The militarization of childhood in Russia did not begin today or even yesterday; human rights defenders have sounded the alarm about the invasion of militarism into the education system – long before the restoration of military training in schools, the “Yunarmia”, the “Movement of the First” and other military-patriotic initiatives of recent times. During the last consideration of the situation in Russia by the Committee on the Rights of the Child– almost 10 years ago, – in an alternative report, we drew attention to the massive creation of Cossack and cadet classes in Russian schools, with hand-to-hand combat instead of physical training lessons, with fire training classes, in-depth study of Orthodoxy, promotion of “traditional values”, mandatory uniform. That time, in January 2014, the Committee on the Rights of the Child issued clear recommendations: to prohibit the combat training of children and the use of firearms in classes both in ordinary schools and in military schools; do not apply the norms of military discipline and military penalties to cadet children; protect them from violence and hazing; do not enrol children in military schools and classes without their informed and explicit consent.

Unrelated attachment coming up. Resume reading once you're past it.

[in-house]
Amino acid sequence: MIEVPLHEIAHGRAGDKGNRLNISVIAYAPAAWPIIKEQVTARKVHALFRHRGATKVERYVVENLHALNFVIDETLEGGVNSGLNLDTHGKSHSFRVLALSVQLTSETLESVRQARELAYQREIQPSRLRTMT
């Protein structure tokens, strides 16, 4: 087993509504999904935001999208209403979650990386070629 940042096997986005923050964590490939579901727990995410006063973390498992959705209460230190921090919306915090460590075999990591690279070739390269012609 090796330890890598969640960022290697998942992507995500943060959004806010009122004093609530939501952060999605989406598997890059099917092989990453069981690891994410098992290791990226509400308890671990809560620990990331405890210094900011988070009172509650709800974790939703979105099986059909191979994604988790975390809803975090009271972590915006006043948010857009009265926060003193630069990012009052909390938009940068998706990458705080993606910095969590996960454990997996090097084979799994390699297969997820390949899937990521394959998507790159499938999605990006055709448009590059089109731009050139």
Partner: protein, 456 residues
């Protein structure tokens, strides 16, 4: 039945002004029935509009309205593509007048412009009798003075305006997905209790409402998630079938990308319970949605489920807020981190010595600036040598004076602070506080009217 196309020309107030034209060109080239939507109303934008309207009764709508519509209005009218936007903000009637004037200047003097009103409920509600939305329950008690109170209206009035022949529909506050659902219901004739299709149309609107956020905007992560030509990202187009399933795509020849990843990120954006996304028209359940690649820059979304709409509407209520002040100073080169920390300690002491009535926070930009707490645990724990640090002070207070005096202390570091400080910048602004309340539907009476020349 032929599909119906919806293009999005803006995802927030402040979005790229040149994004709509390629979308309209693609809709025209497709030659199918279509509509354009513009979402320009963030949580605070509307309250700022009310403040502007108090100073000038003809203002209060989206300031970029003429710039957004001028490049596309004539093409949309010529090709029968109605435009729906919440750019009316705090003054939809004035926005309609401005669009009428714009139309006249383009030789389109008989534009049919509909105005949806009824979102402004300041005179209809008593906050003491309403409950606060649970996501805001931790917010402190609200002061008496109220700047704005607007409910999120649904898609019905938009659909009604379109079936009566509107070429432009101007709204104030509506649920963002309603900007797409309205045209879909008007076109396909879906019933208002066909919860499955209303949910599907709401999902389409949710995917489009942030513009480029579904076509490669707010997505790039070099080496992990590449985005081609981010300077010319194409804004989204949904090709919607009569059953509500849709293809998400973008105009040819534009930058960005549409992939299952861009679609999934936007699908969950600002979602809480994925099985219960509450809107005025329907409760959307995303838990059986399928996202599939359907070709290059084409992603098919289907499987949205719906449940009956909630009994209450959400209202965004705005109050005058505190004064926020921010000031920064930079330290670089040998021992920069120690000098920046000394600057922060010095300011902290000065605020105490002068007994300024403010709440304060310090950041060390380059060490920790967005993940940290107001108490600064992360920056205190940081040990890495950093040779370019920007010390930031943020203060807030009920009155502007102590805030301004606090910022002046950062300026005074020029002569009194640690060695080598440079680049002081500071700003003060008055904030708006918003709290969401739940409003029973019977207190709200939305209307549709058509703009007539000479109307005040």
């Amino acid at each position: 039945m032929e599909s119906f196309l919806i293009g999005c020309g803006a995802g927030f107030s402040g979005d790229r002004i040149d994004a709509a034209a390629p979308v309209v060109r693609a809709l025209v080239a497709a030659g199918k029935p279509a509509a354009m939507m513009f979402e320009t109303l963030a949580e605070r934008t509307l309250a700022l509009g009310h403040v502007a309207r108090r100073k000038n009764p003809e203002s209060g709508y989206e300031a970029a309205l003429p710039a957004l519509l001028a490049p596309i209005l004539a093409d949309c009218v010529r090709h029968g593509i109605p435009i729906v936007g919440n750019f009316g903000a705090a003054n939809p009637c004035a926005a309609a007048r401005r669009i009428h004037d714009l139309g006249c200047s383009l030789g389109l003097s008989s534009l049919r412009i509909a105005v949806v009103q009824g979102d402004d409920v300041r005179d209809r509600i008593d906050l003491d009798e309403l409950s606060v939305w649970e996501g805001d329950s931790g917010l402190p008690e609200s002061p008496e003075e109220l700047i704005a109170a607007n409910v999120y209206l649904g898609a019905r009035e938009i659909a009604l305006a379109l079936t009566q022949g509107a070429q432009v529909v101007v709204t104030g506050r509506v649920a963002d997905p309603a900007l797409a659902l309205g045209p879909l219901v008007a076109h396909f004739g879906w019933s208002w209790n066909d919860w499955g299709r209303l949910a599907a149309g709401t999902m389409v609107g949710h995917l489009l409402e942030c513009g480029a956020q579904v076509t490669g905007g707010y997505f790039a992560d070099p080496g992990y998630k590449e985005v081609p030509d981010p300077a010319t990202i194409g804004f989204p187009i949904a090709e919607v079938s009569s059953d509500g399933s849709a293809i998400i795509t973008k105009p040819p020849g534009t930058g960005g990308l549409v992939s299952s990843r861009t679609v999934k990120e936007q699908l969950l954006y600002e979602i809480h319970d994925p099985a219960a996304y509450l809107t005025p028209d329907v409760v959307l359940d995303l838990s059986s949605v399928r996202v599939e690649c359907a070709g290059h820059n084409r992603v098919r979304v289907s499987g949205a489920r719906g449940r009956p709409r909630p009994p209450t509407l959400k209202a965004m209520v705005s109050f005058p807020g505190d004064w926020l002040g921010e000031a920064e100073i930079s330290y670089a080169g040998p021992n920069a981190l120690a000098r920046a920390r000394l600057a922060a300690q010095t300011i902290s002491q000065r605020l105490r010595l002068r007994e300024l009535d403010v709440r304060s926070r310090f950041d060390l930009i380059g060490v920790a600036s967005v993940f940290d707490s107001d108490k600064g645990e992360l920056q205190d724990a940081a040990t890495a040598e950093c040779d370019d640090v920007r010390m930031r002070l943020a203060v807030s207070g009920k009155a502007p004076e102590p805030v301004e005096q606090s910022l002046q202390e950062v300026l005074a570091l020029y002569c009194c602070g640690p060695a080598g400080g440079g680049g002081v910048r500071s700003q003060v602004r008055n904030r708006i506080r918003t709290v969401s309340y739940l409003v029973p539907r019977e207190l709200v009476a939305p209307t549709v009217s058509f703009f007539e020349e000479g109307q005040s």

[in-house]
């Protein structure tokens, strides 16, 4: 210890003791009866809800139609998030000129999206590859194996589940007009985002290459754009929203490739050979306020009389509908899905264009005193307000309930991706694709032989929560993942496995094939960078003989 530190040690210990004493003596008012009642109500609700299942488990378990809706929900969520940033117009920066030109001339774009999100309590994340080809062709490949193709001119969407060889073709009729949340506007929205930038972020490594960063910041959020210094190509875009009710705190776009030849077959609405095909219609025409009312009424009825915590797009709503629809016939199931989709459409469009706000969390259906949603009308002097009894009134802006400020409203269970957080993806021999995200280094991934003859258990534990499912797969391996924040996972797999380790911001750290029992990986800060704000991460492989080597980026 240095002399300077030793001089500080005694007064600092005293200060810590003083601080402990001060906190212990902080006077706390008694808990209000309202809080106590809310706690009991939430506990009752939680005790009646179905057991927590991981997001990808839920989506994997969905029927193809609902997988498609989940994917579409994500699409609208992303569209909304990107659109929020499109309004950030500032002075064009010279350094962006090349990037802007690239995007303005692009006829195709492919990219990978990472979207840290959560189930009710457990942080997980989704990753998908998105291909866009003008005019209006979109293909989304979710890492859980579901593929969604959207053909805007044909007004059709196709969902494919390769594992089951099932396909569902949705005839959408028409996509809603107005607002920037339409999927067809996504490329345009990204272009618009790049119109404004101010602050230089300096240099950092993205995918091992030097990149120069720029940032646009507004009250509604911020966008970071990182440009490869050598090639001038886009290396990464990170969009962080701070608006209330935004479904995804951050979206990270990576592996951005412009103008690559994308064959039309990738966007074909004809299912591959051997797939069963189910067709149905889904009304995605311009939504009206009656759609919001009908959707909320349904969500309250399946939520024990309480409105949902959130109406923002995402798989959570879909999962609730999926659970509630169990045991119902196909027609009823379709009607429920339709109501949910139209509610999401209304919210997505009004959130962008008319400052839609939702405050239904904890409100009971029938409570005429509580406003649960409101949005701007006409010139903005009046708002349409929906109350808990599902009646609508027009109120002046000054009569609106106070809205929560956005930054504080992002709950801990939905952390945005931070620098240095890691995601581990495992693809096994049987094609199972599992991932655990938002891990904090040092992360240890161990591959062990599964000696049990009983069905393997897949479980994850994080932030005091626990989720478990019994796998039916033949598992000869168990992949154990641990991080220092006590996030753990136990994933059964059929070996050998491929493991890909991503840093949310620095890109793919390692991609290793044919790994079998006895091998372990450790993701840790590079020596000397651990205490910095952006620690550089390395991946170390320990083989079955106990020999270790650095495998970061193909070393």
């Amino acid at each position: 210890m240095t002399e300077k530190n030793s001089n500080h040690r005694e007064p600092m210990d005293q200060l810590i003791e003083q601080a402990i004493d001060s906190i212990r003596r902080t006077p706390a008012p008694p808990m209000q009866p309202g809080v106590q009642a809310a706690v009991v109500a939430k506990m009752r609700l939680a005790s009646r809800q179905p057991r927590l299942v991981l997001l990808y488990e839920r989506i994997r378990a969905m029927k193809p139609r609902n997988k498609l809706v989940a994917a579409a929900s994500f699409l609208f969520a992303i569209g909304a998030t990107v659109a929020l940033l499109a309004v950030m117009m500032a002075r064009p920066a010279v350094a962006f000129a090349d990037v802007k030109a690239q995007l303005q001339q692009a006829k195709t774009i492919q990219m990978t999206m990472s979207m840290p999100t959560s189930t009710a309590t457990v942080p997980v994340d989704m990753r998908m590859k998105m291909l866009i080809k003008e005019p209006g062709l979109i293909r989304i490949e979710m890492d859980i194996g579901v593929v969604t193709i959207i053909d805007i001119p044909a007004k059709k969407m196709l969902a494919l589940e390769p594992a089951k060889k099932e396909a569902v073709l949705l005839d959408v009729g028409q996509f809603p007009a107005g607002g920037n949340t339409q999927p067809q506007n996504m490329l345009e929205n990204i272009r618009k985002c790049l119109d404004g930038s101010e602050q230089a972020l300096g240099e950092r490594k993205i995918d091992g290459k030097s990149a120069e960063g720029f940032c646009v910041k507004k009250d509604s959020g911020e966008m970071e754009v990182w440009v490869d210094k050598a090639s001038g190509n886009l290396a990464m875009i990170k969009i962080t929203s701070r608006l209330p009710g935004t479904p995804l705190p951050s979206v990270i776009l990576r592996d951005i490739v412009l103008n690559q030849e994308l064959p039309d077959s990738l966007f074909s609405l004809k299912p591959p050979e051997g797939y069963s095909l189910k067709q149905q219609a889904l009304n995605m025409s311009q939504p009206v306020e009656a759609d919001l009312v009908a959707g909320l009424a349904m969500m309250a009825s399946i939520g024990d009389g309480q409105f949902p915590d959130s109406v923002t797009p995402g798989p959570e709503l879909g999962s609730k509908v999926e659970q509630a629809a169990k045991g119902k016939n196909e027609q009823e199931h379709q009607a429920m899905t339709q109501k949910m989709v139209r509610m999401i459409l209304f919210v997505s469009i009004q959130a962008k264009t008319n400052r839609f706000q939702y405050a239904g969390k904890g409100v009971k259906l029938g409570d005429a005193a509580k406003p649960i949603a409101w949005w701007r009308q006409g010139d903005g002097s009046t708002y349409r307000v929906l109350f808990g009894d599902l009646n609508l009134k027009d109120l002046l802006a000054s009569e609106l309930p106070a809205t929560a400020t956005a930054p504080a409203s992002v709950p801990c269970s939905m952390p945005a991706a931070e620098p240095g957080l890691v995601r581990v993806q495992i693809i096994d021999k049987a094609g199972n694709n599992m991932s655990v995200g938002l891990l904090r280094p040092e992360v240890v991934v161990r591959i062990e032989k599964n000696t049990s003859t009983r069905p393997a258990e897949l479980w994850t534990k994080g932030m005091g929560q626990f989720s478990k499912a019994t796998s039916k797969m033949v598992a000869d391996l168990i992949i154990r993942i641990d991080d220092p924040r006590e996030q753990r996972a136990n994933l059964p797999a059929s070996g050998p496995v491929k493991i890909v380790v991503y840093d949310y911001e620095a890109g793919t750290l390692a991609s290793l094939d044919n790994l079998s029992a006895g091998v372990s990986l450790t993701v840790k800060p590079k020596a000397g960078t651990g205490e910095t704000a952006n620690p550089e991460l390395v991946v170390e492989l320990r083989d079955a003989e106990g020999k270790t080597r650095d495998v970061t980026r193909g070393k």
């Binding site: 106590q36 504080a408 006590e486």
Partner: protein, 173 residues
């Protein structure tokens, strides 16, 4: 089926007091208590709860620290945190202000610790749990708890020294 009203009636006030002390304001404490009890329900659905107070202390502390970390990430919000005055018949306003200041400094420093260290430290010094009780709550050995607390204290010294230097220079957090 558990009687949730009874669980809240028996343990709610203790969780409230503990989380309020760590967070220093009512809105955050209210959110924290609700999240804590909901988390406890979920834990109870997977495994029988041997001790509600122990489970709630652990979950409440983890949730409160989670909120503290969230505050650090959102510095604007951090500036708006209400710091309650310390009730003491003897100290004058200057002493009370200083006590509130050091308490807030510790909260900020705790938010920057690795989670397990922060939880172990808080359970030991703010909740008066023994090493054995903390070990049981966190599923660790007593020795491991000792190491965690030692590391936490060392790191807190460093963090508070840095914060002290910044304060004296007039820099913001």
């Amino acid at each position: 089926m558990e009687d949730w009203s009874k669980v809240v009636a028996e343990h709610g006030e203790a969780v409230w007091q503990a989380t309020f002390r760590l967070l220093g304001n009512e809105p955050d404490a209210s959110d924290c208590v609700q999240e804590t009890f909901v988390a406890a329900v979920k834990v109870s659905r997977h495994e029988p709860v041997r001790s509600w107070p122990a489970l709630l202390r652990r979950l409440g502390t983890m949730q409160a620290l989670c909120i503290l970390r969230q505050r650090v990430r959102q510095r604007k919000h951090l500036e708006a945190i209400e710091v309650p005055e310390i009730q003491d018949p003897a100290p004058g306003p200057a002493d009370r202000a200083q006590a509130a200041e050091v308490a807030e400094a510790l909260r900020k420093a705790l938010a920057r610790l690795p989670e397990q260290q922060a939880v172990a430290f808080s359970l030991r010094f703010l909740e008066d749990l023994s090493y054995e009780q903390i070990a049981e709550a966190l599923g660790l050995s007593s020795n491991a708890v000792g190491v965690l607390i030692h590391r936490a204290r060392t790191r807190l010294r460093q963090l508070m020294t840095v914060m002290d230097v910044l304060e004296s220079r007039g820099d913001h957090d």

Having started as one of the numerous pedagogical experiments of the 1990s, cadet education was very quickly appropriated by the state system and continues to grow like a hydra. These are not only hundreds of closed military institutions – Suvorov schools, cadet schools and corps (including private ones), specialized cadet schools (sports, engineering, IT), but also thousands of specialized cadet and Cossack classes in ordinary schools, patronized by law enforcement agencies. If ten years ago the proposal to “delegate a Cossack to every school” (the idea of the governor of Krasnodar Krai) looked like a bad joke, now this “Cossack” is actually ruling there. Military educational institutions and classes are subordinated to the Ministry of Defense, the Ministry of Internal Affairs, the Ministry of Emergency Situations, the FSB, the Investigation Committee, the Rosgvardia or, formally belonging to the Ministry of Education and regional authorities, have curators from the law enforcement agencies. Special laws “On cadet education” were adopted in the regions, the Investigation Committee developed a profound concept of cadet education – its list includes dozens of schools across the country with specialized classes. Children from the occupied territories are actively enrolled there, first of all children from large and vulnerable families. Cadet corps have opened in the Crimea; children from Donetsk and Luhansk regions are enrolled in cadet corps and classes patronized by the Investigation Committee in Moscow, St. Petersburg, Volgograd without exams.